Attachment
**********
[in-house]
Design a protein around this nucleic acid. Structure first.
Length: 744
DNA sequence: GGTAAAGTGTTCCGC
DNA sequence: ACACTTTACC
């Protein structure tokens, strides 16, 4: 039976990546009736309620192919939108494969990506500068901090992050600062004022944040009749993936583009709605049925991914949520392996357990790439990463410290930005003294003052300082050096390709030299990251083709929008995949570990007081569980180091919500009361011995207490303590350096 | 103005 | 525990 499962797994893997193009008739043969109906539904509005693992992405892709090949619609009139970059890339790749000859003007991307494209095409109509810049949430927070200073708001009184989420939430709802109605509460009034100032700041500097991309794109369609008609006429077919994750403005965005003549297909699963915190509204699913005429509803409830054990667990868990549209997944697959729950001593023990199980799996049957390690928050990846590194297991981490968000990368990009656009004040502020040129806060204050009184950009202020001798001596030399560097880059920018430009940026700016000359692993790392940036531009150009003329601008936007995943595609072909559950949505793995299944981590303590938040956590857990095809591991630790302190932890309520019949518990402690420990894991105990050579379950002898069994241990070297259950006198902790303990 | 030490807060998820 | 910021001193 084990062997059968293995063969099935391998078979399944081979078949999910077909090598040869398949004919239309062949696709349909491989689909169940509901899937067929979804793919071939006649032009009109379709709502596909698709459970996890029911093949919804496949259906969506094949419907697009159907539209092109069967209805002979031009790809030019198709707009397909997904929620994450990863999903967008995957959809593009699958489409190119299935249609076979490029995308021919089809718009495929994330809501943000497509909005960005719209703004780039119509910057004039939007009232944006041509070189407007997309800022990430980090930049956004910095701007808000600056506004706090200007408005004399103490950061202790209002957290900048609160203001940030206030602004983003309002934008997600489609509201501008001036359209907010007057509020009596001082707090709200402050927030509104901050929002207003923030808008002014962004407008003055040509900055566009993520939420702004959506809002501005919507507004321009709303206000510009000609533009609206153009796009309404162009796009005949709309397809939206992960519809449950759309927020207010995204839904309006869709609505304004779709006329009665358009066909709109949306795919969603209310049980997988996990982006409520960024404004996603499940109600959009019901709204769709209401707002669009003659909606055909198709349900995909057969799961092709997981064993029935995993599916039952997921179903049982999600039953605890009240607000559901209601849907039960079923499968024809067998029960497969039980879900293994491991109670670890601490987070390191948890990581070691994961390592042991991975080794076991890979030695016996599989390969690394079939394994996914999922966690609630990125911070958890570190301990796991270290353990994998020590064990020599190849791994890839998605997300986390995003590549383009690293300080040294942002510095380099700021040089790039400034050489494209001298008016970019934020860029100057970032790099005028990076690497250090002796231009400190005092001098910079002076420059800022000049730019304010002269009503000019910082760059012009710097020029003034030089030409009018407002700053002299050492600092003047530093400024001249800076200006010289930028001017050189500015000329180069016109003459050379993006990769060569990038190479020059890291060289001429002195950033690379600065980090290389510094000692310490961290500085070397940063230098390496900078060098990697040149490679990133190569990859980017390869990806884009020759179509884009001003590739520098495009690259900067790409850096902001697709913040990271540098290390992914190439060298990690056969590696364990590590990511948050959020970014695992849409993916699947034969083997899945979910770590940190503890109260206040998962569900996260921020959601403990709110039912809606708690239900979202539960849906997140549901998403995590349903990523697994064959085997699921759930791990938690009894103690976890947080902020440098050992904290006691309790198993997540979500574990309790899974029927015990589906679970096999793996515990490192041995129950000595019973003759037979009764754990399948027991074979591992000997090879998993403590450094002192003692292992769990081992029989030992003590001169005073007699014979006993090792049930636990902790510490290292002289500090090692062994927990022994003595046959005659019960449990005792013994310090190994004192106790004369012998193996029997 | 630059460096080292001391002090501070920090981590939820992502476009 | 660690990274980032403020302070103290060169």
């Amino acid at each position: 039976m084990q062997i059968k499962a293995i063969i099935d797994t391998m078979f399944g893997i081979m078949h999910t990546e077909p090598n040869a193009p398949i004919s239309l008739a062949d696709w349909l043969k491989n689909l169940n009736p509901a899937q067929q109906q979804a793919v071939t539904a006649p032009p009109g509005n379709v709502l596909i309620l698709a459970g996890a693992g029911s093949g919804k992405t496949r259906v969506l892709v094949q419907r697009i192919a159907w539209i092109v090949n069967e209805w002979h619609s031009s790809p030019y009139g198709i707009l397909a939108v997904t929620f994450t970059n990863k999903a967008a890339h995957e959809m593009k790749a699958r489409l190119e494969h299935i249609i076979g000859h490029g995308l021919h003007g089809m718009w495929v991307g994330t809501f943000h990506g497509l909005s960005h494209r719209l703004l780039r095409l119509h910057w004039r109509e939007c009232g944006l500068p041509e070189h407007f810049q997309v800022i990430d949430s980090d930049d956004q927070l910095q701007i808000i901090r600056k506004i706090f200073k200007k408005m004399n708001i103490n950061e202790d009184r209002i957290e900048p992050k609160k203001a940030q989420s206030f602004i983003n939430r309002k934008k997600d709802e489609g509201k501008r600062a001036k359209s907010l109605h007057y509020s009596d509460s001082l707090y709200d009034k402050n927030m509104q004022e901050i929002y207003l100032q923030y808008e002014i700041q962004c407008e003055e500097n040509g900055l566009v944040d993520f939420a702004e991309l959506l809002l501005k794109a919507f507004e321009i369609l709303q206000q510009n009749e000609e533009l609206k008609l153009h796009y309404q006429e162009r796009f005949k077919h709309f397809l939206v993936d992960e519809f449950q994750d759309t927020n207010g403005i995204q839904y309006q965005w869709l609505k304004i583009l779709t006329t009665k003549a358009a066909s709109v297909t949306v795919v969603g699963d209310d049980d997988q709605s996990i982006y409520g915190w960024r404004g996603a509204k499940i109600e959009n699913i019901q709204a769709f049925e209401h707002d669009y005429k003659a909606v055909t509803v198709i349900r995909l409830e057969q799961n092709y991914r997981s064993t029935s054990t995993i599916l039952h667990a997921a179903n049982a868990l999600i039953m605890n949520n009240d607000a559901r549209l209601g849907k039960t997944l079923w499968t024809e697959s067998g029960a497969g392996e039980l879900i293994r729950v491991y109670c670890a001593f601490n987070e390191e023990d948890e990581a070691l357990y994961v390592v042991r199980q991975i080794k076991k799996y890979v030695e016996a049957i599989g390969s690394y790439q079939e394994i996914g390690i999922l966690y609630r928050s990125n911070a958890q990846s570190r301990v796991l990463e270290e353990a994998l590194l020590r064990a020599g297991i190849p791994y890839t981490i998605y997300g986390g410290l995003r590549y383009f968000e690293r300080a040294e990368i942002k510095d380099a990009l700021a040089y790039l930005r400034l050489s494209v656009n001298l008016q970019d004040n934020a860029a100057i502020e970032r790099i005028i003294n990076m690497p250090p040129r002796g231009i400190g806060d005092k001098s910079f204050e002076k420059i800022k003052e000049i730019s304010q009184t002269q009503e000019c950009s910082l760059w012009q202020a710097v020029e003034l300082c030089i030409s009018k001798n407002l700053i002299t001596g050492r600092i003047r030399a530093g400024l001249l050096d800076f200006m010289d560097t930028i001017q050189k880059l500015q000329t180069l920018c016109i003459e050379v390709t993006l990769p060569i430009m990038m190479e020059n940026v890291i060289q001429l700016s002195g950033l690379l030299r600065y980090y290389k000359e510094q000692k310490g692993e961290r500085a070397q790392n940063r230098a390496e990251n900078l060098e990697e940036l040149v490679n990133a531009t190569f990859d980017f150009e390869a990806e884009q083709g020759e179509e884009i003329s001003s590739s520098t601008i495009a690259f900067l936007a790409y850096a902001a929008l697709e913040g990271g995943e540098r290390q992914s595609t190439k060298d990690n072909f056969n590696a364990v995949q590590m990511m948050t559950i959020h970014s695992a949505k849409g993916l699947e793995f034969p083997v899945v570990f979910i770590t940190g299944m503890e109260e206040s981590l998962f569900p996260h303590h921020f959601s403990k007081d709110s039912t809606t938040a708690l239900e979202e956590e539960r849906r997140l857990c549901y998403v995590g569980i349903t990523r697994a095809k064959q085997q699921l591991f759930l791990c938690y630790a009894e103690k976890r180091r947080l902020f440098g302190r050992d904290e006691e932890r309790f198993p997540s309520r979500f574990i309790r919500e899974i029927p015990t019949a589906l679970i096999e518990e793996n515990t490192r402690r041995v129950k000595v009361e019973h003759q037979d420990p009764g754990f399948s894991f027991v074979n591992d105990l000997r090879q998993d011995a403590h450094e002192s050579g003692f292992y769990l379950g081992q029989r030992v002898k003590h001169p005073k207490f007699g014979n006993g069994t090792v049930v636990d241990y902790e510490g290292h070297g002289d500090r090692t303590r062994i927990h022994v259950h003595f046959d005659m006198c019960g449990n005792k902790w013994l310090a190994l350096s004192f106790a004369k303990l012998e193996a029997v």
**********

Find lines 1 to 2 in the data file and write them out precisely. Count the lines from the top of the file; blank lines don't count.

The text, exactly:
[in-house]
Design a protein around this nucleic acid. Structure first.